BERLIN (Reuters) - The German city of Trier is struggling to keep up with demand for 0-euro notes, bearing the face of its most famous son and communism’s creator Karl Marx, and sold for 3 euros each as part of celebrations for his 200th birthday.
Marx’s best known and most influential works are the Communist Manifesto, co-written with Friedrich Engels and released in 1848, and his caustic analysis of capitalism “Das Kapital” two decades later.
“The souvenir plays on Marx’s criticism of capitalism and of course the 0-euro note fits perfectly with Marx as a motif,” said Norbert Kaethler, managing director of Triers’ tourism office.
He pointed out that Marx did not earn much from his theories and had to live in poverty for several years of his life.
Trier’s tourism office said it had already sold 5,000 of the purple notes, which resemble genuine euros but are labeled “souvenir”, and was printing 20,000 more. They are on sale at the Porta Nigra, the southwestern German city’s most famous landmark and one of the largest Roman gates north of the Alps.
Marx, who forecast that capitalism would be superseded by socialism, spent the first 17 years of his life in Trier. The city is proud of its most famous resident though some Germans blame his ideas for the rise of Communist dictators in Russia, China and Cuba and the Cold War division of their country.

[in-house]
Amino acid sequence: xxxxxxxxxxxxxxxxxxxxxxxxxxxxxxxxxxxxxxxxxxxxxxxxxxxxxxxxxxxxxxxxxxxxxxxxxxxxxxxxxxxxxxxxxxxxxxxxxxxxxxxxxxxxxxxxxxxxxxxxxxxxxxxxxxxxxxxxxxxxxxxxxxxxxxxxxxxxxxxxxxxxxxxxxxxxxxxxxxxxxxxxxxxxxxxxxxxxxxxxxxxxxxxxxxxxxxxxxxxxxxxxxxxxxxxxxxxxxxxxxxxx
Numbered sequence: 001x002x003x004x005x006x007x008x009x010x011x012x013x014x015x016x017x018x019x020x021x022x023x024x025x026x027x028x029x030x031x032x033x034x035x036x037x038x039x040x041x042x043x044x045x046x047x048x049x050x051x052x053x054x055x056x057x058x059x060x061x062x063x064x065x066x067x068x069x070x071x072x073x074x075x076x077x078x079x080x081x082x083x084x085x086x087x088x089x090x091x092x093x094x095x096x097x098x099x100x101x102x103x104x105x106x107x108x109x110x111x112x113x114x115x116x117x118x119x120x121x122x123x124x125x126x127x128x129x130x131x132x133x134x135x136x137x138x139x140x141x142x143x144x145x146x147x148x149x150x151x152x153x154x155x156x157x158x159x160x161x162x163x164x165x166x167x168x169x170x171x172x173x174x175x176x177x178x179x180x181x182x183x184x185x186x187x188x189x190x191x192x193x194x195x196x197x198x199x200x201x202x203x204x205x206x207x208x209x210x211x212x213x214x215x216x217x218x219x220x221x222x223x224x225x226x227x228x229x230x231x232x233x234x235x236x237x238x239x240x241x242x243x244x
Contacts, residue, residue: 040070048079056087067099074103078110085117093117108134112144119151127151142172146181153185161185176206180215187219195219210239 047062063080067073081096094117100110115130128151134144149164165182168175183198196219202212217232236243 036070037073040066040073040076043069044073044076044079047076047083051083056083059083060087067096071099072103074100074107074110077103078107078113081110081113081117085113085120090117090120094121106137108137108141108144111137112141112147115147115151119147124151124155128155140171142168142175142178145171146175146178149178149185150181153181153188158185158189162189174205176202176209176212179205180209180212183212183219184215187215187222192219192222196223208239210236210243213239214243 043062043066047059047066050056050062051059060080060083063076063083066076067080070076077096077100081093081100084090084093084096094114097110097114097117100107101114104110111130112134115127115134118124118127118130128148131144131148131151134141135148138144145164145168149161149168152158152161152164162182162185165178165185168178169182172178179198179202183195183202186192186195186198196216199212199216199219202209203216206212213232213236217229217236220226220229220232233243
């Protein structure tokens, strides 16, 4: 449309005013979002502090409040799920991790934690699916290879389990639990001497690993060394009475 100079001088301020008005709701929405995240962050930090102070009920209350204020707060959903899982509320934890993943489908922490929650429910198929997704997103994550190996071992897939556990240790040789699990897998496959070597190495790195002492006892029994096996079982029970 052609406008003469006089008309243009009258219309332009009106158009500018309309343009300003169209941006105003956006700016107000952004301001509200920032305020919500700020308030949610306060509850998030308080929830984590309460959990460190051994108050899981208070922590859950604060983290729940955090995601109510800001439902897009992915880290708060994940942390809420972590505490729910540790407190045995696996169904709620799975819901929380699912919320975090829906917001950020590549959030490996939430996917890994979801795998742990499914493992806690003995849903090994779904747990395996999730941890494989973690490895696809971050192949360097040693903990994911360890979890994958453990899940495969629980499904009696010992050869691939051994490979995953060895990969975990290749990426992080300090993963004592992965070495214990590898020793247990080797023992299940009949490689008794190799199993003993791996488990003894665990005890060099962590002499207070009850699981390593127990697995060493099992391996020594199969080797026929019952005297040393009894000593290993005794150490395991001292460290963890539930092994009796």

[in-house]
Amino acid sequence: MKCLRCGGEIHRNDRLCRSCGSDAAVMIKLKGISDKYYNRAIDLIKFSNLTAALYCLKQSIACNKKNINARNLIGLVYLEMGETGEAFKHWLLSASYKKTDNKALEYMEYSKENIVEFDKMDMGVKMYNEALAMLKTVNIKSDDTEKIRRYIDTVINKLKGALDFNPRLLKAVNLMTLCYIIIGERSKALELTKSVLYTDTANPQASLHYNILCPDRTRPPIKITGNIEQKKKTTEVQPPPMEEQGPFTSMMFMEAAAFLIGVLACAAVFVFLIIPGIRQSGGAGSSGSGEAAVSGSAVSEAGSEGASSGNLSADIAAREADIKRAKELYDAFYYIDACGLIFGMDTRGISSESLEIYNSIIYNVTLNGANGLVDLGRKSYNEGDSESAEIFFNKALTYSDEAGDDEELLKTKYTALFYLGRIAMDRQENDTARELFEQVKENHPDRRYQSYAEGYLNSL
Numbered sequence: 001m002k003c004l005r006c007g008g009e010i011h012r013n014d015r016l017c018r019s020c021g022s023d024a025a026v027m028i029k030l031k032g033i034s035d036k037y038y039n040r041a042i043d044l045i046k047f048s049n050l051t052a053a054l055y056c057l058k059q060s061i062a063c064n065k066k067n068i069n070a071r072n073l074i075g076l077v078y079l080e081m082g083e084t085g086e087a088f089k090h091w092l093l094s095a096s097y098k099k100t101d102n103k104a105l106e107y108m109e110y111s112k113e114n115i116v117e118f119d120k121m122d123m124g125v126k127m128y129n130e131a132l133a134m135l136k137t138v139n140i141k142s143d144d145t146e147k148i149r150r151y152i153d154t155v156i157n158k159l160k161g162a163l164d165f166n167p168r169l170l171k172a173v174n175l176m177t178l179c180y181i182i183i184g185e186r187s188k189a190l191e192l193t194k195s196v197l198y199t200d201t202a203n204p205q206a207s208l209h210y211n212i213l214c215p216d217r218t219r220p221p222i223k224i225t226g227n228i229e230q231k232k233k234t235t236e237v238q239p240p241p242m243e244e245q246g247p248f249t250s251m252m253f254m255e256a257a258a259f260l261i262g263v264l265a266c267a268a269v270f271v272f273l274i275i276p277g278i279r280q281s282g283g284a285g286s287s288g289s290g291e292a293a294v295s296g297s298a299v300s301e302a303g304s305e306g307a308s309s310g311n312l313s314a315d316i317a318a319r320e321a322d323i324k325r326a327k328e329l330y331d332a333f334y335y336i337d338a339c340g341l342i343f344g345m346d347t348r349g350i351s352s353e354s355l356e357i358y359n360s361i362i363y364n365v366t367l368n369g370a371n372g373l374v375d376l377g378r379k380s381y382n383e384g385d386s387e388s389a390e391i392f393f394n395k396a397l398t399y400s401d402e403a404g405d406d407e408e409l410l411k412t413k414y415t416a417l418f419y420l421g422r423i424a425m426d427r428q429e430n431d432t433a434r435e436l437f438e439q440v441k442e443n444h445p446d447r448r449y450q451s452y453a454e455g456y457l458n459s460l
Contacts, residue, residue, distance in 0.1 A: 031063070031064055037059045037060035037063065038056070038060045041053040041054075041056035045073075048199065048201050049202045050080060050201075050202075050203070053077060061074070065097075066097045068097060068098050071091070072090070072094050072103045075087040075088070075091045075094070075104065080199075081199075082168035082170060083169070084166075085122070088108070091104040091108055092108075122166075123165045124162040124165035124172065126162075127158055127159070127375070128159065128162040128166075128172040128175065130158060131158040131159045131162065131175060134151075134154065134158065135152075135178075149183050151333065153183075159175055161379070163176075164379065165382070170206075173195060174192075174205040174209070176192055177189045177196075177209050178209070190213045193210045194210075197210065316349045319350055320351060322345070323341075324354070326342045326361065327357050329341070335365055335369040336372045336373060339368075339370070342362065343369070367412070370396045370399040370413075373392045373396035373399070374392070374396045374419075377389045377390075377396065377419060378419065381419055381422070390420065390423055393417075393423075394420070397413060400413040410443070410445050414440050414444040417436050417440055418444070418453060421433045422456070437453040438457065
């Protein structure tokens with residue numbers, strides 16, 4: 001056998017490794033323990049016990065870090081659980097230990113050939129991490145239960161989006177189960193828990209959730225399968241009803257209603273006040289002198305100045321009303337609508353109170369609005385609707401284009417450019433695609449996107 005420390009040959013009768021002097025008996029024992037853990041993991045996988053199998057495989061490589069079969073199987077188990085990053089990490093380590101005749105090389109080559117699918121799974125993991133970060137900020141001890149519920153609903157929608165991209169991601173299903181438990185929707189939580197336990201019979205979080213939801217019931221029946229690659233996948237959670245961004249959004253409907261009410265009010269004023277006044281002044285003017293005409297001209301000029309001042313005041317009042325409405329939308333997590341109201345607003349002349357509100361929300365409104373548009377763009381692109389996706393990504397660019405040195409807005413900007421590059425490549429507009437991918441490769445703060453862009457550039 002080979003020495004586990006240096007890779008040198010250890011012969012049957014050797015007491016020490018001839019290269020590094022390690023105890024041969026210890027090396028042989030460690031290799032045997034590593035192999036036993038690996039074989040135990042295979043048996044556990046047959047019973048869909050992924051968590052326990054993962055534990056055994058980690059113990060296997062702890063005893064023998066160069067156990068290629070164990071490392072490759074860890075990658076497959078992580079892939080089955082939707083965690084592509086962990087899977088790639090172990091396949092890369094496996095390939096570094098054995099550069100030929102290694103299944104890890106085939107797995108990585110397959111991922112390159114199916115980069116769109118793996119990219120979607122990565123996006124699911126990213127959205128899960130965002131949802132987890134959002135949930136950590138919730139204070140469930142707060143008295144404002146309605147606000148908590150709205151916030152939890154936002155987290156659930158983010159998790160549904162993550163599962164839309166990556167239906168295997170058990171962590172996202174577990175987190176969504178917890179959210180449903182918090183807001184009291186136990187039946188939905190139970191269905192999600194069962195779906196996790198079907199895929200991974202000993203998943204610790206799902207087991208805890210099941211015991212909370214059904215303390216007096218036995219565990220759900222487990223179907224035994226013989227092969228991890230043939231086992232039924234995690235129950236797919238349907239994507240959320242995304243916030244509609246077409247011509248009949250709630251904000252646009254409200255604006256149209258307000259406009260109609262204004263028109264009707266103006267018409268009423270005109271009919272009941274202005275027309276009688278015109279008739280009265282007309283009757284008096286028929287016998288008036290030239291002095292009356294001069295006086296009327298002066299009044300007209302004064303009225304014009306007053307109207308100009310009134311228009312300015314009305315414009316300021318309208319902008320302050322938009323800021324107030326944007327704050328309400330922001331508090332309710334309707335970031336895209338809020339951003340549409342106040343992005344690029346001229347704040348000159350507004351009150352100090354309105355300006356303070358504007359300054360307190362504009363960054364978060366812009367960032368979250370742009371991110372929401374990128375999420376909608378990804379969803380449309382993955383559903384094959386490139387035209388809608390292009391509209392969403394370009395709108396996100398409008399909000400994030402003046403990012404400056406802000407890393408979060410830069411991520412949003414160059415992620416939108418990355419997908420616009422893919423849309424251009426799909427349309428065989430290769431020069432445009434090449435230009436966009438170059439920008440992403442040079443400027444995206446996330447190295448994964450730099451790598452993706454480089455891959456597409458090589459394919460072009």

The city is making the most of his 200th birthday on May 5. Other memorabilia include a bearded Karl Marx rubber duck with an edition of Das Kapital tucked under one wing.
Trier is also unveiling a giant three-tonne bronze statue of Marx, a gift from the Chinese government, despite concerns from critics about China’s alleged human rights abuses.
Reporting by Madeline Chambers; Editing by Mark Heinrich
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